Fire Safety

The U.S. has one of the highest fire death rates in the industrialized world. For 1998, the U.S. fire death rate was 14.9 deaths per million population. Between 1994 and 1998, an average of 4,400 Americans lost their lives and another 25,100 were injured annually as the result of fire. About 100 firefighters are killed each year in duty-related incidents. Each year, fire kills more Americans than all natural disasters combined. Fire is the third leading cause of accidental death in the home; at least 80 percent of all fire deaths occur in residences. About 2 million fires are reported each year. Many others go unreported, causing additional injuries and property loss. Direct property loss due to fires is estimated at $8.6 billion annually.

  • Teach children not to play with matches, lighters, flares, fireworks and gasoline cans. Keep matches, lighters, gasoline and other flammable materials out of the sight and reach of children.
  • Keep a fire extinguisher (“ABC” symbol) in the kitchen and garage. Be sure it is “UL” or “FM” rated.
  • Install smoke detectors in your home in every bedroom and on every level. Test them monthly. Replace the batteries at least once each year.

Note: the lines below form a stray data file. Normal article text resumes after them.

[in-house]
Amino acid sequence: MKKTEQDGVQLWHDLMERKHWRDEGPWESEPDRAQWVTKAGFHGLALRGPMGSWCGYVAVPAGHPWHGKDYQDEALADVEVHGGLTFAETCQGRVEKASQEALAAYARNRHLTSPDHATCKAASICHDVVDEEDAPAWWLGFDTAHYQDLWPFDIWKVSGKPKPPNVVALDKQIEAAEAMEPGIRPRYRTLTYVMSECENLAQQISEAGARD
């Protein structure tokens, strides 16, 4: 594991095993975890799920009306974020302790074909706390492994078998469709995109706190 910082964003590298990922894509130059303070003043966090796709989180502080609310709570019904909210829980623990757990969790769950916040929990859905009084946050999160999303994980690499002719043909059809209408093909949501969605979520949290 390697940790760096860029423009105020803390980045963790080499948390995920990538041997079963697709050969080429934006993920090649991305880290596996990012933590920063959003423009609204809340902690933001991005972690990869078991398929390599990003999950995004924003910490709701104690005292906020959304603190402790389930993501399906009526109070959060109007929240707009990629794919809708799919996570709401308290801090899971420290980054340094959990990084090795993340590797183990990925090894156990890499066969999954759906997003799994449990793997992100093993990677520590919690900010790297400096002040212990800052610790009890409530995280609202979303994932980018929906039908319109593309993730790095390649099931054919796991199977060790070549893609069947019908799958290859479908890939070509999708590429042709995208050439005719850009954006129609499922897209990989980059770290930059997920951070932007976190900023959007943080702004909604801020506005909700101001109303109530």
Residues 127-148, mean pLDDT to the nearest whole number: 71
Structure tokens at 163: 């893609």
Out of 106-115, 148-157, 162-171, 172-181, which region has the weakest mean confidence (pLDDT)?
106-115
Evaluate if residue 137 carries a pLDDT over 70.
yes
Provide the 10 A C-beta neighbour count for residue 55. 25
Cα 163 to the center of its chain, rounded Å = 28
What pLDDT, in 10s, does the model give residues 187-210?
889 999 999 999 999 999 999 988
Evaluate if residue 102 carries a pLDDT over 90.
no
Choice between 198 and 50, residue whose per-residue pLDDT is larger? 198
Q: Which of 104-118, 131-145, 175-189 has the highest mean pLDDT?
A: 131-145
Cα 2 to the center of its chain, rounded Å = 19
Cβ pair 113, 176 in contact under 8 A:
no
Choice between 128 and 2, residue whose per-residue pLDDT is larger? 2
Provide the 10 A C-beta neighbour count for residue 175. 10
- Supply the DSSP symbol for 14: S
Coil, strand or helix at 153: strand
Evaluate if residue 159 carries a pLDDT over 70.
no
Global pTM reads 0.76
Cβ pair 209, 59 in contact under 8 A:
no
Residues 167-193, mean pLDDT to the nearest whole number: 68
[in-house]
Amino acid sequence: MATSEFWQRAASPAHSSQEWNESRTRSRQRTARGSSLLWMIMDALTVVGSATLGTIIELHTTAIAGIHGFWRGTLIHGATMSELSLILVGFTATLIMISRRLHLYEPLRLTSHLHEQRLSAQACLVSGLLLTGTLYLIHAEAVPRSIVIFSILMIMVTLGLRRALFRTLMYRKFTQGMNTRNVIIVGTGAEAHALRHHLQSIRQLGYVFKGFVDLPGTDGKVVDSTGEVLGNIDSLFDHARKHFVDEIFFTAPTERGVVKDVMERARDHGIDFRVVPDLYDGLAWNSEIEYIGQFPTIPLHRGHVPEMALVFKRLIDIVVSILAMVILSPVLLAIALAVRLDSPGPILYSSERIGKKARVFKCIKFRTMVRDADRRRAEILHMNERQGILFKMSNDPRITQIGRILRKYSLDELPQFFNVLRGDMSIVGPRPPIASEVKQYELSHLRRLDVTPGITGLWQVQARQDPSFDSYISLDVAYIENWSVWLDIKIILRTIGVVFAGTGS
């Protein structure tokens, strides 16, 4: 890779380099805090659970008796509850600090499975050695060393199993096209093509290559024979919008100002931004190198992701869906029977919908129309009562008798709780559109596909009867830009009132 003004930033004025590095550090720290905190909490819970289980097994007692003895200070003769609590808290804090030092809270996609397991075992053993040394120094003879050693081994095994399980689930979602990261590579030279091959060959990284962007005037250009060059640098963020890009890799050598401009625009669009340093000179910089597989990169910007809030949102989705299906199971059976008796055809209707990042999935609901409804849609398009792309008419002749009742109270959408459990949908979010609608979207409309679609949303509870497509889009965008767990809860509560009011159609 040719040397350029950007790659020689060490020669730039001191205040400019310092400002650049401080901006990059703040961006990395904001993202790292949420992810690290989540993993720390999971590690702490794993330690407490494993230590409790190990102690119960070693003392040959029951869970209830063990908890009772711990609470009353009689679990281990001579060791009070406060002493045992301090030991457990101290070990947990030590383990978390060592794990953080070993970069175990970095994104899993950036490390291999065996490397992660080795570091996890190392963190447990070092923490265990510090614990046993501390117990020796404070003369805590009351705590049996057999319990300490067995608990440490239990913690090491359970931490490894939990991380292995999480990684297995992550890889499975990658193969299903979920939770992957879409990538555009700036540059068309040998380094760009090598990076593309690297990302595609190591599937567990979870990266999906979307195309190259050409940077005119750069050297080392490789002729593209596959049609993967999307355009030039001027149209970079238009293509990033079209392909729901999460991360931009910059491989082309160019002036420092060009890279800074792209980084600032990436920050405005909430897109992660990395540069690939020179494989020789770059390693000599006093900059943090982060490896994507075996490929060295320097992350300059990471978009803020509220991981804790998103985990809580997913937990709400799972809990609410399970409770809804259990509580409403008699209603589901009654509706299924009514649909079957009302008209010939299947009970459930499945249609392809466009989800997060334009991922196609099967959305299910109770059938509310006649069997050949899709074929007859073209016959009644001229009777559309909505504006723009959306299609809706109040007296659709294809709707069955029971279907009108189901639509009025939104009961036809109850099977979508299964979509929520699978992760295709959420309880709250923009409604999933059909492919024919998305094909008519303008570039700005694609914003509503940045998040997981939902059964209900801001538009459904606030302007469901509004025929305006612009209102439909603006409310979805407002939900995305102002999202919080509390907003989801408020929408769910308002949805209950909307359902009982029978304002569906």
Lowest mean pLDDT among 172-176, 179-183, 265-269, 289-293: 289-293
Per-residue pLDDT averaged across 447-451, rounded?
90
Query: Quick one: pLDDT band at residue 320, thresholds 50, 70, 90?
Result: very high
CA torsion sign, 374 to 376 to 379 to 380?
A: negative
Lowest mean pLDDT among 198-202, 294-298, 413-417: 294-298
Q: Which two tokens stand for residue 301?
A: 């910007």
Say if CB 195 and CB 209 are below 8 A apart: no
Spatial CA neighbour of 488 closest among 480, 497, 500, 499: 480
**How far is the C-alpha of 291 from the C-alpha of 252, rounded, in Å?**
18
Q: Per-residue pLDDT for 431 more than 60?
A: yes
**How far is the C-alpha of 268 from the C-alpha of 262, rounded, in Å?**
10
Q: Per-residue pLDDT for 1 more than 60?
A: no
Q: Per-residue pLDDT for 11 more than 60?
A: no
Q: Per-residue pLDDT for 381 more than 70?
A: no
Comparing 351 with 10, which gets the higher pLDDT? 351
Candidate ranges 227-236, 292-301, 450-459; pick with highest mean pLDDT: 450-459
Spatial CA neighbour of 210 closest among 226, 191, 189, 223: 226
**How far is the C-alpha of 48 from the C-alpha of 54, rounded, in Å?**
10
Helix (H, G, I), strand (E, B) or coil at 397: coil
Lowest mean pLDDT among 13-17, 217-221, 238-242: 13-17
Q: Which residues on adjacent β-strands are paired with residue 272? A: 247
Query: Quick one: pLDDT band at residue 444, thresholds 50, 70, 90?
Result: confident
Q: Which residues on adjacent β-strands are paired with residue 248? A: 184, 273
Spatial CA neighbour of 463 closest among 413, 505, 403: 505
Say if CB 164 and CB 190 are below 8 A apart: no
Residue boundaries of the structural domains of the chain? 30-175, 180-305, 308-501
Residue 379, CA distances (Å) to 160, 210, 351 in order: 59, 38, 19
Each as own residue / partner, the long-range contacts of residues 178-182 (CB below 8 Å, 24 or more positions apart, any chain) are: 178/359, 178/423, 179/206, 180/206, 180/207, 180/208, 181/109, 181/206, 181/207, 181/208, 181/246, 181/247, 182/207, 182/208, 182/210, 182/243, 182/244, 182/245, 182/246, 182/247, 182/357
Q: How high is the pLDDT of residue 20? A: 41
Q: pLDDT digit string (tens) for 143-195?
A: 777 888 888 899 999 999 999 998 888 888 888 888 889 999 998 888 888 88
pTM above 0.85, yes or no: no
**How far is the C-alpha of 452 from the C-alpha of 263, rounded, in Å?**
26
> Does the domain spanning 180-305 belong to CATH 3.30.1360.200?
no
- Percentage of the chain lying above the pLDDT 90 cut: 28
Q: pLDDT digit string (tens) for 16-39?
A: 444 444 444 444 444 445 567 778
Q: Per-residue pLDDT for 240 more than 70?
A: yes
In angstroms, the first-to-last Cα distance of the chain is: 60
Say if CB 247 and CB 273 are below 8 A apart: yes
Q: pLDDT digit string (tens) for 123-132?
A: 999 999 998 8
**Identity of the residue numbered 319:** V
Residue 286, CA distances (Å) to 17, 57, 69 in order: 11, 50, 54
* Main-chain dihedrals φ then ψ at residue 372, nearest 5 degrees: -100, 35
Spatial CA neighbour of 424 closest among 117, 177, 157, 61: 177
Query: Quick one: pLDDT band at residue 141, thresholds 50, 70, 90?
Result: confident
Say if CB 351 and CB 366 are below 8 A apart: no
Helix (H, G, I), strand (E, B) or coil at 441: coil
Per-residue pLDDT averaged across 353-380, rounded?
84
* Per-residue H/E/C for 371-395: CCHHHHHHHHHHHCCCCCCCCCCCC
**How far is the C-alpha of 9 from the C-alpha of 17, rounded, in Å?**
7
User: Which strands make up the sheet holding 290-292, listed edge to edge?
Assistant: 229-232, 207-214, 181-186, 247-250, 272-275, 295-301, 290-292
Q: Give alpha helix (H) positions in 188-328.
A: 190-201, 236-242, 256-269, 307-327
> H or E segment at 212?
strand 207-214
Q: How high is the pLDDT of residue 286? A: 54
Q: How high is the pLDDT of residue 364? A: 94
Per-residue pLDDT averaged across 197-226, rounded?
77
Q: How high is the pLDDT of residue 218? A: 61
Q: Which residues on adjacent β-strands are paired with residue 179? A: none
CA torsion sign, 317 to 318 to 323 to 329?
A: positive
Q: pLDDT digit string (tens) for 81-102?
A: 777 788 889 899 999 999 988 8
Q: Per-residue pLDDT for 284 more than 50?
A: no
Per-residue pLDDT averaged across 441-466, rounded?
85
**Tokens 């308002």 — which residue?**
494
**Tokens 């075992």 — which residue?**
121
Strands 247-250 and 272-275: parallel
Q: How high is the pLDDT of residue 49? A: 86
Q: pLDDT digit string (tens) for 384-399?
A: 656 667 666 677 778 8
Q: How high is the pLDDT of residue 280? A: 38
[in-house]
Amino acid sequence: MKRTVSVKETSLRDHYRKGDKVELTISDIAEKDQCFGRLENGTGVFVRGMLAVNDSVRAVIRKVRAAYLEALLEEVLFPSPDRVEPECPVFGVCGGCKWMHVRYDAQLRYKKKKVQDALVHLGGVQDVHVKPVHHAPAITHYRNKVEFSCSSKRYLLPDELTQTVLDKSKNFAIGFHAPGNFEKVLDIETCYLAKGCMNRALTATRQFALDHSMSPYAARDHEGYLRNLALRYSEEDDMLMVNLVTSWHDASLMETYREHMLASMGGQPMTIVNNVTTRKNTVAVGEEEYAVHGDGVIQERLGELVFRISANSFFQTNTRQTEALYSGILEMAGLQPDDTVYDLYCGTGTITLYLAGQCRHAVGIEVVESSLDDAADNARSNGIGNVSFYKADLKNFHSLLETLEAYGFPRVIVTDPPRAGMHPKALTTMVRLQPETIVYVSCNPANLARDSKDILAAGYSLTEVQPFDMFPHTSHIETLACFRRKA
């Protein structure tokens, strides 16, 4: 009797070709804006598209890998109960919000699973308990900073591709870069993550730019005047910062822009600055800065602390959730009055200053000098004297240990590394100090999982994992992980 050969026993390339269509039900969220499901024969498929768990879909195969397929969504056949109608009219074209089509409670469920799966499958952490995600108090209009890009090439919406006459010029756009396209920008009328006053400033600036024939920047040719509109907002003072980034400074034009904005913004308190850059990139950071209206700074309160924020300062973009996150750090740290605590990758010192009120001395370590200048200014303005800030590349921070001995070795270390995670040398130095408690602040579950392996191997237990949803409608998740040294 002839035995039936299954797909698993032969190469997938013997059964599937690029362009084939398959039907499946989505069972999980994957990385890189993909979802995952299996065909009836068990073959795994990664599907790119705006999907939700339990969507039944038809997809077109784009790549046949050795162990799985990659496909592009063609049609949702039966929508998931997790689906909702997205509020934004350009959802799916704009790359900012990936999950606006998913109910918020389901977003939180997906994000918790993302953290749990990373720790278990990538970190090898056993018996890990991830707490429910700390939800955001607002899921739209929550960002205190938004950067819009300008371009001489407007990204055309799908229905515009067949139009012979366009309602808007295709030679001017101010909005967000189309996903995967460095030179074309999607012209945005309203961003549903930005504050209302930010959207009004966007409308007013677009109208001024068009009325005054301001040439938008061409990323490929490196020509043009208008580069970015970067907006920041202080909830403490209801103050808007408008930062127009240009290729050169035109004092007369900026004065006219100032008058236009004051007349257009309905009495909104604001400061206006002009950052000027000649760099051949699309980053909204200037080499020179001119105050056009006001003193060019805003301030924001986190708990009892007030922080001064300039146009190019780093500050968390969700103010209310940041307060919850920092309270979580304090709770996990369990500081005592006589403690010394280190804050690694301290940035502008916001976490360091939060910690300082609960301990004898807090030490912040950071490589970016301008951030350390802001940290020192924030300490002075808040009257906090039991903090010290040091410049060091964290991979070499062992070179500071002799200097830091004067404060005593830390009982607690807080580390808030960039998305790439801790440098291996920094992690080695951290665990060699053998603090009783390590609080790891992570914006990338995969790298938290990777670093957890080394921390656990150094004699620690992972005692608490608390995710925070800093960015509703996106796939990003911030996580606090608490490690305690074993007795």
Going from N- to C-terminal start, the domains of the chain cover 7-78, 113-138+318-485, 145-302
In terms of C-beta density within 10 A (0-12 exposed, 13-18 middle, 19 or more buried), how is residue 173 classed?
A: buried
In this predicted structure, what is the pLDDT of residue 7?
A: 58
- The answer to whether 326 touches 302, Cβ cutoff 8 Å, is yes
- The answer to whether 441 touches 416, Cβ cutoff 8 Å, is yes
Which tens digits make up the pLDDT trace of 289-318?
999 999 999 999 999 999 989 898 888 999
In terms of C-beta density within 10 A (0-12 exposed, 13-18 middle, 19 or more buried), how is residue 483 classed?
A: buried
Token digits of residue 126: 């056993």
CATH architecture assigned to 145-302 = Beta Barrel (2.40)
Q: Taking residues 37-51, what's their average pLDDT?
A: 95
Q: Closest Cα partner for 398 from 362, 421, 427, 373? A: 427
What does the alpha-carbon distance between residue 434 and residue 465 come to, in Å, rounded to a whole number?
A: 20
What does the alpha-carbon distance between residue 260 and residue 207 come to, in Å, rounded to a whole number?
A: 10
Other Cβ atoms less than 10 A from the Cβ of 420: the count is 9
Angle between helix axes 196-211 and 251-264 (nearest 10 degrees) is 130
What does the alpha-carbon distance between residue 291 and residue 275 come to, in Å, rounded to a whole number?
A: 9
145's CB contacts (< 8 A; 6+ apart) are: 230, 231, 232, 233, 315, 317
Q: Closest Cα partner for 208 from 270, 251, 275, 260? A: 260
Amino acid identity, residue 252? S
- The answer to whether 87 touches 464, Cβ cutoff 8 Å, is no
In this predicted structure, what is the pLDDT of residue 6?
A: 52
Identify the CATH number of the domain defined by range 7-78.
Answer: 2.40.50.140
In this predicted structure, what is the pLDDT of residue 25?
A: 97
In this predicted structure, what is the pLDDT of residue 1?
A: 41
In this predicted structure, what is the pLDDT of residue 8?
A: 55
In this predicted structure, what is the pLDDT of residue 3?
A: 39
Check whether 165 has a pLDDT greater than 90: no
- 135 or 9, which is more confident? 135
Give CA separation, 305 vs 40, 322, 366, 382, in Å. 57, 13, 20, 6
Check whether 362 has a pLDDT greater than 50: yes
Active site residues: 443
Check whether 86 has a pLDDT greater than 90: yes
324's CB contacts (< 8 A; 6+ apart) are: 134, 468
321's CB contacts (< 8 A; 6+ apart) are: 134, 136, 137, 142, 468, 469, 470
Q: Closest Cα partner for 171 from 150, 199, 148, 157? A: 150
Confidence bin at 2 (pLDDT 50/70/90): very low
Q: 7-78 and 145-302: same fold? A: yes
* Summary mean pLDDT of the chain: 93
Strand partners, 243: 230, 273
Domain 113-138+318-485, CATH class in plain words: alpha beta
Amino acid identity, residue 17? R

• Plan and practice fire escape routes from the house. Choose a meeting place, a safe distance outside the house.
  • Never leave small children alone in the kitchen or bathroom – for even a few seconds.
  • In the kitchen, use back burners and turn pot handles to the back of the stove so that pots do not get knocked over.
  • If grease catches fire, smother the flames with a pan lid – never throw water on a grease fire.
  • Never carry children and hot foods or liquids at the same time.
  • Lower your water heater to 120 degrees or buy an anti-scald device.
  • In the bathroom, always test the water temperature before placing a child in the bathtub. Place one hand in the water with fingers wide, and move it back and forth for several seconds checking for hot spots.
  • Never touch connected electrical appliances or cords with wet hands of feet. Do not reach for radios, telephones, or hair dryers while in the bath or shower.
  • Unplug appliances when they are not being used. Unplug any appliances that smokes or smells as if it is burning, then have it repaired or replace it.
  • Do not overload extension cords or run them under rugs.
  • Keep furnaces and wood-burning stoves working well. Make sure they are not near combustible walls, ceilings, furniture or drapes.

Source: U.S. Fire Administration
http://www.usfa.fema.gov/

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